Abstract # 1064 Event # 208:

Scheduled for Saturday, August 20, 2005 09:15 AM-09:30 AM: Session 15 (Parliament Room) Oral Presentation


AGE AND MONOAMINE OXIDASE A (MAOA) GENOTYPE EFFECTS ON IMPULSIVE BEHAVIOR IN MALE RHESUS MONKEYS (Macaca mulatta)

T. K. Newman1, C. S. Barr1, S. J. Suomi2, D. Goldman1 and J. D. Higley1
1National Institute on Alcohol Abuse and Alcoholism/NIH, 5625 Fishers Lane, Room 3S-32, Rockville, MD 20852, USA, 2National Institute on Child Health and Human Development/NIH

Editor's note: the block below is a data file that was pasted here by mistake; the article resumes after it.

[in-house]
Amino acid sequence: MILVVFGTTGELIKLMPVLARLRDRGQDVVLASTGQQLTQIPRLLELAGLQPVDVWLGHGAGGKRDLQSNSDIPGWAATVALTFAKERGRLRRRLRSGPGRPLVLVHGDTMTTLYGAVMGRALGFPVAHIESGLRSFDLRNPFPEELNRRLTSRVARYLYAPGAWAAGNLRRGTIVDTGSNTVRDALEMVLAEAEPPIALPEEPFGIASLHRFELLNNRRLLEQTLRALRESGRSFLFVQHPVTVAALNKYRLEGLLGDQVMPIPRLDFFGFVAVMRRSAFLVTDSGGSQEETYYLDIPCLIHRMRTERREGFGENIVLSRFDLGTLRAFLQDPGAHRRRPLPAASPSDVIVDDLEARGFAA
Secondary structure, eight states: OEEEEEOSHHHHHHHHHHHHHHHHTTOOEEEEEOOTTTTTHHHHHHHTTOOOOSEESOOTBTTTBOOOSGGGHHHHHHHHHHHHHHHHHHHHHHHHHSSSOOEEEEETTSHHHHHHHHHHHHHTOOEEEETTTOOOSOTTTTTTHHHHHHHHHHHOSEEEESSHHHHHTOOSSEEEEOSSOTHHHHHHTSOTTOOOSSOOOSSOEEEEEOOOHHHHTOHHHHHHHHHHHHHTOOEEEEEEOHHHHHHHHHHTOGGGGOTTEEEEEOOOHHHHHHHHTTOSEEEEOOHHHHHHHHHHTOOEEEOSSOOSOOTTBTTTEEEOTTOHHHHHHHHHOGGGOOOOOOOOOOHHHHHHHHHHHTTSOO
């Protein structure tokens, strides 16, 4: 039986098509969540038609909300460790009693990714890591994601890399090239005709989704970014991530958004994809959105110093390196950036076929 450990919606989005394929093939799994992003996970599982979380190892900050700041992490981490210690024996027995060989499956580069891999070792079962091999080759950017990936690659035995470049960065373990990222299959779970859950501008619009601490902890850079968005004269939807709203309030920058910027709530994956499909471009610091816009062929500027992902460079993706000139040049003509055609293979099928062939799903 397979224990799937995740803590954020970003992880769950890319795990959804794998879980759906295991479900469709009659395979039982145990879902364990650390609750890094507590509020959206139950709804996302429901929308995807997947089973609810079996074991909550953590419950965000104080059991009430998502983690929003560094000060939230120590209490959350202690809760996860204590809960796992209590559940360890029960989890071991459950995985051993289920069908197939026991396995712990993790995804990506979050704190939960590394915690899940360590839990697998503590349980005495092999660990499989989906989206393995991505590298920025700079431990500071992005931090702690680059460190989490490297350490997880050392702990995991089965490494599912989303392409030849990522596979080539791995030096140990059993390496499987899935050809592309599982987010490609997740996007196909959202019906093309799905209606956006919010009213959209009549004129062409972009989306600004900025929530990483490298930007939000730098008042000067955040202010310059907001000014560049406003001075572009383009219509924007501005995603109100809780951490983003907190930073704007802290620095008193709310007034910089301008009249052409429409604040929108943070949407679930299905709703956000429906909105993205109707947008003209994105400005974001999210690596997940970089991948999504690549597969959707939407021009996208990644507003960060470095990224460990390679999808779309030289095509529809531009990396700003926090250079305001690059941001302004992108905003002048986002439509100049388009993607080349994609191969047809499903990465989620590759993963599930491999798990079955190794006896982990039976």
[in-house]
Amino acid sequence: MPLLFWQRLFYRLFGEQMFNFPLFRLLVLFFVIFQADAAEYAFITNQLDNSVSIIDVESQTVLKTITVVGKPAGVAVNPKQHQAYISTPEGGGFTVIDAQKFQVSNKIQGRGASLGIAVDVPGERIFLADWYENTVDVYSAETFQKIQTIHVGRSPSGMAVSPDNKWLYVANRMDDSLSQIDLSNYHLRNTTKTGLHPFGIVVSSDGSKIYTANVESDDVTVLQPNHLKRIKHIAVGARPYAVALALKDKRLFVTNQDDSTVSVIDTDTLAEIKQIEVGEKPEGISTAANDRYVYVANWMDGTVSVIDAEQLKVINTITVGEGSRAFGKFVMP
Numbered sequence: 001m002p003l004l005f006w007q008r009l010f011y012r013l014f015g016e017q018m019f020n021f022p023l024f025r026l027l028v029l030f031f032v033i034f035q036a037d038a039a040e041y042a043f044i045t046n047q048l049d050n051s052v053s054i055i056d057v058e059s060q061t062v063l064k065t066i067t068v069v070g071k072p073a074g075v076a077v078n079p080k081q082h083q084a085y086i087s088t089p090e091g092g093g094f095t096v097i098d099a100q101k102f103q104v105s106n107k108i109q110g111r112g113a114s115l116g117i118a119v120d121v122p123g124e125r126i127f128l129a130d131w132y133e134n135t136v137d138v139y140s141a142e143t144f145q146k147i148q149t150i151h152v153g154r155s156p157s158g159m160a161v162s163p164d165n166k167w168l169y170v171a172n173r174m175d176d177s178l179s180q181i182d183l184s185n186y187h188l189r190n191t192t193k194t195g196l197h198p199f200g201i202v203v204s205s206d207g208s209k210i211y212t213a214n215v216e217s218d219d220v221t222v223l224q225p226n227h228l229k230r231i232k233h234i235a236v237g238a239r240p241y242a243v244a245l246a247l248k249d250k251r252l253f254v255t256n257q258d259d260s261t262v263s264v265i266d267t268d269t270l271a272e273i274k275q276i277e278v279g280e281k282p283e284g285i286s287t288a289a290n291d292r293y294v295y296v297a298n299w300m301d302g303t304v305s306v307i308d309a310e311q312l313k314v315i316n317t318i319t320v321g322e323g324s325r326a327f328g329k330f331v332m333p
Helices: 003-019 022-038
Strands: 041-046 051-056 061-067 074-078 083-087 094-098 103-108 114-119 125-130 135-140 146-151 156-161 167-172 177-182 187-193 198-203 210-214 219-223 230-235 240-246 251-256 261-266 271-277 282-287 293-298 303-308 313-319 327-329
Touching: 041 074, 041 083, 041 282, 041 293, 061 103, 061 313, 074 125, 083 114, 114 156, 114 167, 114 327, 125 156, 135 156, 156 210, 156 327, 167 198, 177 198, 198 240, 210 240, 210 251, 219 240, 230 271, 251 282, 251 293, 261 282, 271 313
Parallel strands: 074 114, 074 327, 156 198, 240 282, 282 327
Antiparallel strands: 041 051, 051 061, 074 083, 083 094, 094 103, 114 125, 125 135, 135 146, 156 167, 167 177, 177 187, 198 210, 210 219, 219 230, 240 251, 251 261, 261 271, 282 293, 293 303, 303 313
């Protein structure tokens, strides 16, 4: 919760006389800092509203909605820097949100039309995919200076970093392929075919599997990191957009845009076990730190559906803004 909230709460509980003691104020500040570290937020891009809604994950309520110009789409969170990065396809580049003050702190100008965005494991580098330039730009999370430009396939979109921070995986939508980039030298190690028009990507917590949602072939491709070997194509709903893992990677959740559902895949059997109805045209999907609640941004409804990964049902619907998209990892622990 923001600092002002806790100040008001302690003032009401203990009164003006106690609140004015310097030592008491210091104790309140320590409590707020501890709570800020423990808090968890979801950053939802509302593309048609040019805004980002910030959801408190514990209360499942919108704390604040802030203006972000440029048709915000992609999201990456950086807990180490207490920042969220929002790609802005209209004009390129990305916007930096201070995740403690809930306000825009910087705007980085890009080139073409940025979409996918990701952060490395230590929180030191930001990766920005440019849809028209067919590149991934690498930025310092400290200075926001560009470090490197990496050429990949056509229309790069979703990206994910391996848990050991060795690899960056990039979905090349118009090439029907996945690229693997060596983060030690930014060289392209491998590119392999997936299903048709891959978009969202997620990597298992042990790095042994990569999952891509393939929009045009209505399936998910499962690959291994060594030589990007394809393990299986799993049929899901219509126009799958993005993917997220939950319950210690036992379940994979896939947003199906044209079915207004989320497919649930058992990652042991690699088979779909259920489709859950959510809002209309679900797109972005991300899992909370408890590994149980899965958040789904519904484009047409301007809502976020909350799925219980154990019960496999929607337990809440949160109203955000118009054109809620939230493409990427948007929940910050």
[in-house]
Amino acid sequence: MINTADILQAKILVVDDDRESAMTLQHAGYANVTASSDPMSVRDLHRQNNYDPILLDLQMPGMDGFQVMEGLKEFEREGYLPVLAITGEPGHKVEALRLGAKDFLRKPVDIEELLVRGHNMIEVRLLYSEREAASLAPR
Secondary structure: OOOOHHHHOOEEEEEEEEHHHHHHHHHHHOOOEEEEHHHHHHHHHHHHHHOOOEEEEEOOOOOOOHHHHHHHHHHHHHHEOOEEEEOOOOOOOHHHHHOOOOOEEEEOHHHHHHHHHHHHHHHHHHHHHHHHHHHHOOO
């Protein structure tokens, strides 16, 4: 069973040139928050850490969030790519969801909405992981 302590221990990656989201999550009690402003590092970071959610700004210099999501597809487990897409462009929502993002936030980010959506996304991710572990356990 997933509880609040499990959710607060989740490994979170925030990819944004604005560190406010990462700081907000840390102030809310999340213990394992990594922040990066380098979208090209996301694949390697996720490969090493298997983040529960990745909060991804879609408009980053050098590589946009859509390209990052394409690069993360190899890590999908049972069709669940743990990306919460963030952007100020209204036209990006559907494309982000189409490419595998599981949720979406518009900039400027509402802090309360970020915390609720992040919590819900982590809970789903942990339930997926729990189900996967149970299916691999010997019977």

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     In multi-male, female-bonded Old World monkey species, males typically must emigrate from their natal troop upon reaching sexual maturity. Younger migrants face greater risks, including premature death, but may profit through increased reproductive opportunities. In previous work, we have demonstrated that 1) MAOA genotype influences impulsive behavior in captive subjects, and 2) that younger, free-ranging migrants tend to be more impulsive. Here, we test the hypothesis that MAOA genotype effects on impulsivity are modulated by age. Fifty-seven unrelated males living in social groups were assessed for their latency to approach (LAT) a stranger using an Intruder Challenge Test. Genotypes were clustered based on inferred high or low MAOA enzymatic activity (MAOA-HA/MAOA-LA). An ANOVA model of age and MAOA genotype on LAT was significant (F = 5.75, P = 0.0018), with main effects of genotype (F = 5.74, P = 0.020), age (F = 4.44, P = 0.039), and a marginally significant interaction between variables (F = 3.84, P = 0.055). That is, younger males with the MAOA-LA genotype were much faster to approach an intruder and were equivalent in approach time to older subjects with either genotype. Cross species sequence comparisons of the MAOA gene suggest that the locus is under selection. We suggest that impulsive behavior leading to early dispersal may be an adaptive mechanism through which selection may operate.